Privacy in the time of Corona
‘History is bunk’ – so said Henry Ford, allegedly.
He was wrong.
Privacy is not ‘bunk’ either, but its debased currency in public policy debates certainly is.
The current unfolding catastrophe has the rights to privacy and data protection under siege (or in lockdown, if you prefer) because, of course, all problems in the world would be solved if only we could ditch those constraints on the use of others people’s personal data.
It’s now “privacy or combat the corona virus” just like – in our now forgotten world of a few weeks ago – it was “privacy, or AI-driven digital growth” and “privacy, or [insert the thing you want to do]”.
The allure of dualisms is their simplicity, a quality we sorely miss in real life. I got thinking about this when I saw this local parish bulletin by Michele Loi, which is well worth reading, and this excellent twitter thread initiated by Paul-Olivier Dehaye. We are having these wearying discussions because privacy has become a proxy for digital regulation; because data is collected all the time and we don’t know why or for whose benefit. We do know, however, that there are a small handful of companies and governments with the power to collect and use the data at scale, and that they are scarcely to be trusted.
So now, with a global emergency, we have an opportunity to make the data work for the general good, to use it protect our fellow human beings against a devastating virus.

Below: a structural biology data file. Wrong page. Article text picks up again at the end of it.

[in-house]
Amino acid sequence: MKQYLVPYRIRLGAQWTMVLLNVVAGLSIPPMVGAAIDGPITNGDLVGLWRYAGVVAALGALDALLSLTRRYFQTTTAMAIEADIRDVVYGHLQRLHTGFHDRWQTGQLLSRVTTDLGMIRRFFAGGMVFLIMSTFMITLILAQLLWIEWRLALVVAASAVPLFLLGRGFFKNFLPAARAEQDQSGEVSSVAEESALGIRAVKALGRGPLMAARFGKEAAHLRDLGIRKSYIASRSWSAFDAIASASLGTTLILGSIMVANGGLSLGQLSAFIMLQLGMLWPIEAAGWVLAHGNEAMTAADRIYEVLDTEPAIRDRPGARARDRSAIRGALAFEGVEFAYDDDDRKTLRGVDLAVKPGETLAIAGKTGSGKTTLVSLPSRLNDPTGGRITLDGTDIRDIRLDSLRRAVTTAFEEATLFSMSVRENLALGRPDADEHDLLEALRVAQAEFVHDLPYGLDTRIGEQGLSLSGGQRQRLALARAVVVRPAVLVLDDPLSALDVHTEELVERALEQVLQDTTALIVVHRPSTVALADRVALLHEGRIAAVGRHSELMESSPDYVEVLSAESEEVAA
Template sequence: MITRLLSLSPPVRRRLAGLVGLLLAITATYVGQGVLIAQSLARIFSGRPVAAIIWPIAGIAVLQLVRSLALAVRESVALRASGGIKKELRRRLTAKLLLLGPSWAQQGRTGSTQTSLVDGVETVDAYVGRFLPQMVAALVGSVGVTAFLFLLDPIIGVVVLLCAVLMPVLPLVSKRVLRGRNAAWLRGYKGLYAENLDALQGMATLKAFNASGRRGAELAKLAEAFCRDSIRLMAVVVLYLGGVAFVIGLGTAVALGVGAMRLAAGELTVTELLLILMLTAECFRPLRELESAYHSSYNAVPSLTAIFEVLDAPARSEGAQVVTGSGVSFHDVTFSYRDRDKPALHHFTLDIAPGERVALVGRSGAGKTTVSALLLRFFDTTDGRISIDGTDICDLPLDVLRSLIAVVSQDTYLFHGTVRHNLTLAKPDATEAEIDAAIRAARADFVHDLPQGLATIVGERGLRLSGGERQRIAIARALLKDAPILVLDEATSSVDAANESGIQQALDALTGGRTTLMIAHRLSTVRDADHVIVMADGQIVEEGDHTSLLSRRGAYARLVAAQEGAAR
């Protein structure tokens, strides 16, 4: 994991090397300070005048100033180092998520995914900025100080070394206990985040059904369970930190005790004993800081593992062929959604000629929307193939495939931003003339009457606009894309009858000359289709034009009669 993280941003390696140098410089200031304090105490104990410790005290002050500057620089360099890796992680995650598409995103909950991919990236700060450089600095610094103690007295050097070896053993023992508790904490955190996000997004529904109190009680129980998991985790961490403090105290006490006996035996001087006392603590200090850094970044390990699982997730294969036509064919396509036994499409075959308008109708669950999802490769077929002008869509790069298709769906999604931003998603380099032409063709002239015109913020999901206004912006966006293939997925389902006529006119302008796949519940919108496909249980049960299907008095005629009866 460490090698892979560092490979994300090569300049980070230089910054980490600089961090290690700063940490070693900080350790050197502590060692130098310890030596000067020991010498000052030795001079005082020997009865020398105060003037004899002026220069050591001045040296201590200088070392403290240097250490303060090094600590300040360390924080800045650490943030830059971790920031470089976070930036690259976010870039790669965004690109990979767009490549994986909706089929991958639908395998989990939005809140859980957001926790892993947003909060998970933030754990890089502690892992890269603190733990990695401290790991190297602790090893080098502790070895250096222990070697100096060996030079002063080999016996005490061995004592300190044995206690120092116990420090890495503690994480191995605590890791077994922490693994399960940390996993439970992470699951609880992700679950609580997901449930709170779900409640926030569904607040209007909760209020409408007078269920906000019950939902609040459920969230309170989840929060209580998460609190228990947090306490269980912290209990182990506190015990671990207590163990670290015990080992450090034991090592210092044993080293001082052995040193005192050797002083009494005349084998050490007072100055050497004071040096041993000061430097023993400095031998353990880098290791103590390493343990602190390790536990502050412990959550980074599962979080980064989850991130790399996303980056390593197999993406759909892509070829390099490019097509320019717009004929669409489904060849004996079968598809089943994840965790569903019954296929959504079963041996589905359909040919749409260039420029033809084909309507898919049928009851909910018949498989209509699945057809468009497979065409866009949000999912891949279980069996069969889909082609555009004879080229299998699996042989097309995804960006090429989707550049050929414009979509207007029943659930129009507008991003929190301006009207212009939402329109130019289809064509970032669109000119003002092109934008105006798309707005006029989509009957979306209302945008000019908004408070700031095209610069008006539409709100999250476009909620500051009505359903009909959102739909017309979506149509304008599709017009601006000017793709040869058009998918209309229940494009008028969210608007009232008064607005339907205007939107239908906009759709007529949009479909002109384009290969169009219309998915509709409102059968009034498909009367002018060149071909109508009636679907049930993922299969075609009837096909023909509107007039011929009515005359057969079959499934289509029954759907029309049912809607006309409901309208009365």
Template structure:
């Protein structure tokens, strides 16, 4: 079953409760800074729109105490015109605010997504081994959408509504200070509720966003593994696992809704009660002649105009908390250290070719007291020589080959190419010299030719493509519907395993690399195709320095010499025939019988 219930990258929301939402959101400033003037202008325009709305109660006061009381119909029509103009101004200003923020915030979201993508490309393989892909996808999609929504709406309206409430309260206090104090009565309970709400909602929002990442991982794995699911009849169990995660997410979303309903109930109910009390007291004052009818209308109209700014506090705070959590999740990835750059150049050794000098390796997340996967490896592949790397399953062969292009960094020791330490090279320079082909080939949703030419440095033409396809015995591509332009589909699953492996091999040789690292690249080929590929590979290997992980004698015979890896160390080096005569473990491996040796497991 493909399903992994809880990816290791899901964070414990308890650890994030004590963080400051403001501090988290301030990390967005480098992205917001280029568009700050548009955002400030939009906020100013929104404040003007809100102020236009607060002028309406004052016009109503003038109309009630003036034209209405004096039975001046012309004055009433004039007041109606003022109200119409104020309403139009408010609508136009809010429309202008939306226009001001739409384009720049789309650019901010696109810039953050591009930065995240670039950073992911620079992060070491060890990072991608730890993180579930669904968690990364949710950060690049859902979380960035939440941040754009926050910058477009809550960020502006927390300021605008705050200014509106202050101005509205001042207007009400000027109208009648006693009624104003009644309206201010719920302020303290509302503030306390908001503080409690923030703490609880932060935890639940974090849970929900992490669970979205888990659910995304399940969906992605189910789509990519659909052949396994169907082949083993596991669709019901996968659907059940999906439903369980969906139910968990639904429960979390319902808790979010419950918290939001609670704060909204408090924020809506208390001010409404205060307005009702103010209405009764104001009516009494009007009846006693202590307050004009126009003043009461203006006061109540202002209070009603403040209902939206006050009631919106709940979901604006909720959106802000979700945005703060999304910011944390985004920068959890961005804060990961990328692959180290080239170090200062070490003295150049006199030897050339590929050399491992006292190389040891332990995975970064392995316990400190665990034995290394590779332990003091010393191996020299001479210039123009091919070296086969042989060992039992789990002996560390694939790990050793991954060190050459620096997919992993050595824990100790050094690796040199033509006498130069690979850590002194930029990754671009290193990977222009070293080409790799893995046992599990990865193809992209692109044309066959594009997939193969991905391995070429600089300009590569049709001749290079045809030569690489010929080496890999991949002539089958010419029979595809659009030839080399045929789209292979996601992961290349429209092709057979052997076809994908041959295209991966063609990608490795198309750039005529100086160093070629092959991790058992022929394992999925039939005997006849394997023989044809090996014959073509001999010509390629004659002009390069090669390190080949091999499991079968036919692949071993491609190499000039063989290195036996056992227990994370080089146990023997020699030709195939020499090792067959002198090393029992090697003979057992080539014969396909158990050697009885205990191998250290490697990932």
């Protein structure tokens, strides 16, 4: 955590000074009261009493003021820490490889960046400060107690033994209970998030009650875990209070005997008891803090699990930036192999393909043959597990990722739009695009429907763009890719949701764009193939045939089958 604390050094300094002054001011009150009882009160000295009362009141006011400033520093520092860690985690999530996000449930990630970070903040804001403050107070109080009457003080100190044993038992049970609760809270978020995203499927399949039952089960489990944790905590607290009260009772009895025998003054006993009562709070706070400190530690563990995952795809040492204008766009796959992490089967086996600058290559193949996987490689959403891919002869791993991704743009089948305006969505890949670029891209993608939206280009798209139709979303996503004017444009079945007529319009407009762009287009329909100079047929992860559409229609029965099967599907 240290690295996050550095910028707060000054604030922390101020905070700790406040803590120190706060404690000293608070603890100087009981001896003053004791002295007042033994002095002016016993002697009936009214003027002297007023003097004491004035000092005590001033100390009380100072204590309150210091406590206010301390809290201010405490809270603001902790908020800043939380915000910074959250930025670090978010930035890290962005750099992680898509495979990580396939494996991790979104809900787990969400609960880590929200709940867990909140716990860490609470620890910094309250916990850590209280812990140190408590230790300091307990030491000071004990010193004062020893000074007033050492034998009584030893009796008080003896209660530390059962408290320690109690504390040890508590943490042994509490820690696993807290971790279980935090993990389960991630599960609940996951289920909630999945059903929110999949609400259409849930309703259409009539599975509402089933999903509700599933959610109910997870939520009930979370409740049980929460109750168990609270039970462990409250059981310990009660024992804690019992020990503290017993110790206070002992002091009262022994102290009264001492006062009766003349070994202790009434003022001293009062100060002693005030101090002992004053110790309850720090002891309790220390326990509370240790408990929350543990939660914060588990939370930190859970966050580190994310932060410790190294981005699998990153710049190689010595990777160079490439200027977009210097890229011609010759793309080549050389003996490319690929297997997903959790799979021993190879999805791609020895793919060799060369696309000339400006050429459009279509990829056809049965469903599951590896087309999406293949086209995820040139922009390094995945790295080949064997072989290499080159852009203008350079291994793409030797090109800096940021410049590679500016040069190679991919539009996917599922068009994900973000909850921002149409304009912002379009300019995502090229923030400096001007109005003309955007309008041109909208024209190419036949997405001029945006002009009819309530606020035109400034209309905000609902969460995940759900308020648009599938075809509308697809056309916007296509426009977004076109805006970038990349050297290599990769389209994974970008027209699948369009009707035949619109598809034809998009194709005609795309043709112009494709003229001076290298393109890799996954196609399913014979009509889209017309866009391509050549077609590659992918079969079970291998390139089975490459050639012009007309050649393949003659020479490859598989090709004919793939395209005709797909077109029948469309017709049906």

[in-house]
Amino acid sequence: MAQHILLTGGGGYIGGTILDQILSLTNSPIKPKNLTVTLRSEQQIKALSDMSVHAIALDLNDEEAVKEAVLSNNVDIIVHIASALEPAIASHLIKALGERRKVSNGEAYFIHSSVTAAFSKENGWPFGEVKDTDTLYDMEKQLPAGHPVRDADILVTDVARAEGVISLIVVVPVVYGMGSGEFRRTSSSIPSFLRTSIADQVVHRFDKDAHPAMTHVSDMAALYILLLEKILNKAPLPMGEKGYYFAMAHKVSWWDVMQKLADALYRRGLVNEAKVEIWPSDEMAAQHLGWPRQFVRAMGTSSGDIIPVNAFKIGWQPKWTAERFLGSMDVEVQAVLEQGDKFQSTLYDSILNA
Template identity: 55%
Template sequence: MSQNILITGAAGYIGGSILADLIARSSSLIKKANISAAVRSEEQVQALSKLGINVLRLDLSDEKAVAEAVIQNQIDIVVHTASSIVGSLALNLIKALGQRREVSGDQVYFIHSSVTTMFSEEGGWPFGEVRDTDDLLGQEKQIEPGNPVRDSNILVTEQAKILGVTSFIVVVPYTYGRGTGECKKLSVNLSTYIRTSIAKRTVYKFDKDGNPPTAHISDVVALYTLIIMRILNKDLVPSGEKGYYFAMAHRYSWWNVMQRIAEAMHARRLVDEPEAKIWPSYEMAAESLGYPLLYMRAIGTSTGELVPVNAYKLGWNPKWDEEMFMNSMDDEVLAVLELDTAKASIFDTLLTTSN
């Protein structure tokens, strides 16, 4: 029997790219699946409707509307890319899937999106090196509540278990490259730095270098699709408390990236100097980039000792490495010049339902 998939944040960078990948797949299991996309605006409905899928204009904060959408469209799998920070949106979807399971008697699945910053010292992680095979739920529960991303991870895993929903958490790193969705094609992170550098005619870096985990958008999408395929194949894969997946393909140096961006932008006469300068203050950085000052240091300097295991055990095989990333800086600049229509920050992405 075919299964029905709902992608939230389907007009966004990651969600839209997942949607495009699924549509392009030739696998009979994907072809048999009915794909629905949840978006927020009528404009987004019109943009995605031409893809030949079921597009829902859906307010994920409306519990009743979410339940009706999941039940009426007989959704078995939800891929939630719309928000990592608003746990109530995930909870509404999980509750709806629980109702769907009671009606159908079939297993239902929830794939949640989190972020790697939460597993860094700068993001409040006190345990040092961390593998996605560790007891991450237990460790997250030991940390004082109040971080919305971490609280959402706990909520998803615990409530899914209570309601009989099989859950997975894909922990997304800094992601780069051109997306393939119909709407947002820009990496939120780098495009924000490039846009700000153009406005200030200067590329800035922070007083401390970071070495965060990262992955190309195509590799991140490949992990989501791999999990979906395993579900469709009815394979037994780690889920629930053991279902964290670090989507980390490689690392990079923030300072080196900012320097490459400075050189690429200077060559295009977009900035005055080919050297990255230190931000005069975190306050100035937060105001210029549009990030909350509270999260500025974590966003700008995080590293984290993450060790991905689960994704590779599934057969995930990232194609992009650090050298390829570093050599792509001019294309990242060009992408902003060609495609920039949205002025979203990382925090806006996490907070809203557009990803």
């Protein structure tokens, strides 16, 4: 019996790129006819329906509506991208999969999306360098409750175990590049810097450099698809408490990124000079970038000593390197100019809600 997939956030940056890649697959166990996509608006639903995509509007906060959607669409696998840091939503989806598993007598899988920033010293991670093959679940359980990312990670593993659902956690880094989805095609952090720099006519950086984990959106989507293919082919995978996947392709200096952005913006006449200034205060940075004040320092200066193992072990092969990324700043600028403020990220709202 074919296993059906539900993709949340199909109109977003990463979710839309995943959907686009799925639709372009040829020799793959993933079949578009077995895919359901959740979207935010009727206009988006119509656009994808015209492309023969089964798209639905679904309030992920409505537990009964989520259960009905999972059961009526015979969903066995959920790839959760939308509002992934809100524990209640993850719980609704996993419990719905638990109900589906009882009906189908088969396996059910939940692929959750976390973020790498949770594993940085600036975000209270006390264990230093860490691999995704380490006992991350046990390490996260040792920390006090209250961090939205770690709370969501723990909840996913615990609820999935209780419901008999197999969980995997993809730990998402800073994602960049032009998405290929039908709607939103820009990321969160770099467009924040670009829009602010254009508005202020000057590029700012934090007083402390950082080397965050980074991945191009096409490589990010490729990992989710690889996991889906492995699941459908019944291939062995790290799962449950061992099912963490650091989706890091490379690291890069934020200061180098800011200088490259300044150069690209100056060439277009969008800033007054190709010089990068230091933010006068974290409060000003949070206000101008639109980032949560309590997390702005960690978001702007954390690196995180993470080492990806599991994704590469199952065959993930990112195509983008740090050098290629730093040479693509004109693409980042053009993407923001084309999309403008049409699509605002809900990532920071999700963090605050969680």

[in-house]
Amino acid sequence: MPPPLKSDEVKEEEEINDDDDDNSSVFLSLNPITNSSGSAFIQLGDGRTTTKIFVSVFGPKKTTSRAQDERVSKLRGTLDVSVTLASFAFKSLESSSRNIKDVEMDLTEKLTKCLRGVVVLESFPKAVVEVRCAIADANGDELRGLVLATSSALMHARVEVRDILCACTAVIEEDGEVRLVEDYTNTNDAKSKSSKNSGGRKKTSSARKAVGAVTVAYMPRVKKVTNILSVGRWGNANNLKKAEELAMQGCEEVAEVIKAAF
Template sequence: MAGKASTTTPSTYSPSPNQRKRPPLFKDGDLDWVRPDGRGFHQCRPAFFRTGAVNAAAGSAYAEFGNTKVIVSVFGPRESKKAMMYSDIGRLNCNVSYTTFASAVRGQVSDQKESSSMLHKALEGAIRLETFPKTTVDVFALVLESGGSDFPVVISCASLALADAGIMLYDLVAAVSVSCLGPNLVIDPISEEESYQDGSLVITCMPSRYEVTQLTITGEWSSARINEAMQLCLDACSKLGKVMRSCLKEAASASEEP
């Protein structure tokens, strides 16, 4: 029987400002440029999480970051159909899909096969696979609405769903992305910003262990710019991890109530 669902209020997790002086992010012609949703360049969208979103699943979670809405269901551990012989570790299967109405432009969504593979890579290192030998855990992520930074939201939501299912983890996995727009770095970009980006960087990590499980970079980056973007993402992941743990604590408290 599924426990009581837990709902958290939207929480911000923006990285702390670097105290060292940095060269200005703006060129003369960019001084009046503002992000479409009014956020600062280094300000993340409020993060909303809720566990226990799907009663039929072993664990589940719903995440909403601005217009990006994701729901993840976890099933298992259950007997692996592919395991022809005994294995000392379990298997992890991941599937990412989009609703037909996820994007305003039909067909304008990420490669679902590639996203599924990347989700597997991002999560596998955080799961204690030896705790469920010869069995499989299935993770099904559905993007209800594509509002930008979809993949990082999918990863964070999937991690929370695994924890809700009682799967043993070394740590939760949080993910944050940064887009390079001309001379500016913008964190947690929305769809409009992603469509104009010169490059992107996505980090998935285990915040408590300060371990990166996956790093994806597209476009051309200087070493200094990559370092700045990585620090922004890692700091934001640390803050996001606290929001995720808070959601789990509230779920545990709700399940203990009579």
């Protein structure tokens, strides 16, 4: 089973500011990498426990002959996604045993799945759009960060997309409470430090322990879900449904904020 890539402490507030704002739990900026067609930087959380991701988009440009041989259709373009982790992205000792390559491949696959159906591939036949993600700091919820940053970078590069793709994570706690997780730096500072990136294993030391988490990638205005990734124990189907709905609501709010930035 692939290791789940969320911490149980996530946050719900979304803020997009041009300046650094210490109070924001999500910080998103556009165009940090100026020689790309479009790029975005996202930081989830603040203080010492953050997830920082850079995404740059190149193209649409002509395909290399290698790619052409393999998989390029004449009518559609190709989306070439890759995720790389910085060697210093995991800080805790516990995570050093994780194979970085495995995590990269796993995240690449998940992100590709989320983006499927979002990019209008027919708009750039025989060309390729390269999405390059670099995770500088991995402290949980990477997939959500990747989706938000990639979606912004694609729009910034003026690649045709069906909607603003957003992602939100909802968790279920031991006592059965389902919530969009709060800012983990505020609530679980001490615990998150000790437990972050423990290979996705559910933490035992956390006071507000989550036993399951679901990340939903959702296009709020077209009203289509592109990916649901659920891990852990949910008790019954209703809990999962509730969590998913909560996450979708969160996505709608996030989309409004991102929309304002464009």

Noone is seriously questioning whether we should suspend an individual’s right to be left alone and to be treated with dignity. We live in society so that we can look after one another. Such caring can require intruding into someone’s intimate sphere – metaphorically and digitally speaking, and ironically at the same time as physical proximity becomes taboo. We consent to the intrusions if we believe authorities in charge are democratically accountable for their actions, that certain rights and freedoms can be temporarily limited or even suspended when necessary, but that certain rights – to life and to dignity – are always held inviolable.
I would suggest that those who claim privacy stands in the way of saving human life fall into one of three categories:
a) the mischief-makers (they want to profit from the crisis and in process rid themselves of turbulent regulations),
b) the under-informed (this is no cardinal sin – the laws on digital privacy have become far more complicated than they should be), or
c) the blinkered legalists, who think that reverence for the prolix prescriptions of the GDPR outweighs the need to combat the most serious global emergency since 1945.
Whoever is pushing this proposition, it is a dangerous fallacy.
The way privacy has been written into law may be bunk, but privacy itself never has been, is not and never will be. So stop worrying about privacy. Start worrying about governance, the rule of law and democracy. Those are the key battlegrounds for life and liberty in these surreal times. COVID-19 is democracy’s test run for the true reckoning facing our species in the coming decades: global warming.